One of the most influential mental models that I came across during my time serving on the first Mid Councils Commission (2010-2012) was the concept of polarity management. On the recommendation of one of the executive presbyters we met with, I picked up Barry Johnson’s book Polarity Management: Identifying and Managing Unsolvable Problems. You can download a brief summary introduction to the basic ideas here. I can’t say that I’ve become an expert in this, but here are some key takeaways:
- Polarities are ongoing unsolvable issues.
- Polarities have two or more “right” answers that are independent of each other.
- Trying to address polarities with traditional problem solving skills—which is the way we have been taught to think through most of our formal education—only makes the situation worse.
- Managing polarities is essential for one generation to pass key socialization elements of its culture on to the next generation.
- There are extreme advantages to supplementing either/or thinking with both/and thinking.
- A well-managed polarity capitalizes on the inherent tensions between the two poles.
- To do this, it is critical to understand the upsides and downsides of both poles. This involves appreciative listening to the “other side.”
- In order to manage a polarity you must identify structures, policies, and practices that will gain and maintain the upsides of both poles.
The application of this way of thinking to the PC(USA) is clear. We are and have been struggling with several polarities, most notably those involving our understanding of human sexuality and biblical/theological interpretation. It is not realistic to expect that one side of this polarity will convince the other side to change positions. Yet we continue to operate with a parliamentary problem solving mechanism that strives for one single answer to every contested issue. In this system there will always be winners and loser and it is unrealistic to expect people to live in harmony after battling each other in winner-take-all contests.
Might there be a way for GA221 to set aside this inappropriate and unhealthy decision making process in favor of a polarity management solution that truly fosters peace, unity, and purity? I’m not exactly sure what this might look like, but it would be a radical, forward thinking, and faithful response to the realities of our denomination and the world we live in.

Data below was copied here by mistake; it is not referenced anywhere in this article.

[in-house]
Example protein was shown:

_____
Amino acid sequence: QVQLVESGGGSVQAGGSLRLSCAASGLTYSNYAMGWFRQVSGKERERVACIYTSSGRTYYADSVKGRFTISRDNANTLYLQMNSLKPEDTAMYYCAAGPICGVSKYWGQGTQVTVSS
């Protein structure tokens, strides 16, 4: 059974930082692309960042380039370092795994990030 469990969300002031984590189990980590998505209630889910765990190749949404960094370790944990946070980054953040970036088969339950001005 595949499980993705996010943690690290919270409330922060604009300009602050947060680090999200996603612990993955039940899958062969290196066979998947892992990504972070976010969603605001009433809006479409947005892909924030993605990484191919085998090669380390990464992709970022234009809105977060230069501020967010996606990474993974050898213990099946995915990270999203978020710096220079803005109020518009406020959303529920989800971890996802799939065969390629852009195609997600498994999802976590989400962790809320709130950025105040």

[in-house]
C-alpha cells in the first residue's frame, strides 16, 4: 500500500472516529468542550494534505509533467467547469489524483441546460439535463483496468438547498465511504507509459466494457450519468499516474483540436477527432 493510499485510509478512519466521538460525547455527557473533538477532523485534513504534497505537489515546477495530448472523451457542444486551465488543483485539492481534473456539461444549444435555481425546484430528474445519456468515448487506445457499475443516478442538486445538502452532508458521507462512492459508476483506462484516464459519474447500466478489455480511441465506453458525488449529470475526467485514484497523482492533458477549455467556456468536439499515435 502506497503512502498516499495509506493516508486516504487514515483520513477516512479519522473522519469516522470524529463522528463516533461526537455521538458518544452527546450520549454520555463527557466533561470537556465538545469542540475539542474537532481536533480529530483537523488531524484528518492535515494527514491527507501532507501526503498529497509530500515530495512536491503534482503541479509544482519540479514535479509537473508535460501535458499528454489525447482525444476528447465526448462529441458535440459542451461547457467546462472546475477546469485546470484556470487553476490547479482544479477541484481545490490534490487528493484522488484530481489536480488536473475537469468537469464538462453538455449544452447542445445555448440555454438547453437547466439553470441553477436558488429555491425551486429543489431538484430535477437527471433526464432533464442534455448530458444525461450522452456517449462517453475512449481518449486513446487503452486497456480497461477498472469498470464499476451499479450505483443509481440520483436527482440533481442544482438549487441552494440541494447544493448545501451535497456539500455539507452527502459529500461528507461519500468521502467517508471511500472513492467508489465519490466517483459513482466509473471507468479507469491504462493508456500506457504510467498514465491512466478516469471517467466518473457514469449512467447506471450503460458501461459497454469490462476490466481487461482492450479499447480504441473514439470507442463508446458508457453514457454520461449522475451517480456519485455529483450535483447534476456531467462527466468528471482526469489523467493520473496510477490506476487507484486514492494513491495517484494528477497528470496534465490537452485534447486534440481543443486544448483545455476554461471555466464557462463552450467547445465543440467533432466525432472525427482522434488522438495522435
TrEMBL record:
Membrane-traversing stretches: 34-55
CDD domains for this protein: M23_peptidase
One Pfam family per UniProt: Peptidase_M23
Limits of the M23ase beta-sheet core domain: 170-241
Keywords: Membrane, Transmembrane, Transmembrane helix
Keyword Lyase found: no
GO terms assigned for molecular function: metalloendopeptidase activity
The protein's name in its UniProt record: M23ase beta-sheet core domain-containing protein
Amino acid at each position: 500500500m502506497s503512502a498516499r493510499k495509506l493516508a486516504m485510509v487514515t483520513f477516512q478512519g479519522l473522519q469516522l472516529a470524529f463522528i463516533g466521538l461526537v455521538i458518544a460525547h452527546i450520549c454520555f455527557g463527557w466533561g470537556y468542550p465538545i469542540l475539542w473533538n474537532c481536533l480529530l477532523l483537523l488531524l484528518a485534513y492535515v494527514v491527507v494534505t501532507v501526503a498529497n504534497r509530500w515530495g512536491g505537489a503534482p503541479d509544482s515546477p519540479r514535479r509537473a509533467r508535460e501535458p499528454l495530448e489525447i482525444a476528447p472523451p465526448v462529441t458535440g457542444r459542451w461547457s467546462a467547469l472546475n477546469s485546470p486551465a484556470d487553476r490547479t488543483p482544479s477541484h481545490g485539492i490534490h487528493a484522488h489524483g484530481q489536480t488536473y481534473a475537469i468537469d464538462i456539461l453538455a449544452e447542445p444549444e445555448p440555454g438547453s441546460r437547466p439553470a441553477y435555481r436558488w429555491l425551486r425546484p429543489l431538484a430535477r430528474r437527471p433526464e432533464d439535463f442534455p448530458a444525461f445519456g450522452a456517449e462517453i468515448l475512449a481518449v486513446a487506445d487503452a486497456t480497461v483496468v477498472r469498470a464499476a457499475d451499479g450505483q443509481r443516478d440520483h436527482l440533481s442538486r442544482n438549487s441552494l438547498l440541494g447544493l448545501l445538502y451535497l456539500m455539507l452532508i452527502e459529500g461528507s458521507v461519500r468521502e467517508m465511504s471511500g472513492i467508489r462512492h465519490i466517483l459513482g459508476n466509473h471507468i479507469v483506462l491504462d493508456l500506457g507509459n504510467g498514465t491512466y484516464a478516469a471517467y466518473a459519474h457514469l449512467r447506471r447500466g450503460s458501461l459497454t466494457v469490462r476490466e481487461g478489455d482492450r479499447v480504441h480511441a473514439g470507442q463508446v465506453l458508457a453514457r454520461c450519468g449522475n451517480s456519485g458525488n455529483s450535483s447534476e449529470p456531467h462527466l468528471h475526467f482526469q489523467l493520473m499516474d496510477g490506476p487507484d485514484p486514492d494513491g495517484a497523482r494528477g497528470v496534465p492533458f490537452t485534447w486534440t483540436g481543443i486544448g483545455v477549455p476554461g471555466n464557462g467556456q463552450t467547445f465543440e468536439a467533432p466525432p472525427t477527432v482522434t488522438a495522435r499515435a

With regard to the contentious issue of same-gender marriage, perhaps an Authoritative Interpretation that is permission giving yet not binding or compulsory is the best way forward. Or perhaps there is a polarity management approach we have yet to consider.
When it comes to Middle East issues, I believe that this paper from the Presbytery of Chicago’s Ecumenical and Interreligious Work Group provides a “third way” between the extreme positions in our engagement in the Middle East peacemaking. “Perspectives on Presbyterian Church (USA) Support for a Just and Peaceful Compromise of the Israeli-Palestinian Conflict” prioritizes listening to the narratives of both peoples as they understand it themselves, advocating for a legitimate compromise achieved through the self-determination of each people, and supporting human rights for all. This paper has been the only development leading up to GA221 that gives me hope that Presbyterians can contribute something constructive to the stalled Middle East peace process.
What do you think? Is it possible for GA221 to embrace polarity management instead of single-solution problem solving? Could we gather a critical mass of commissioners bold enough to find a new way of living together as a connectional church?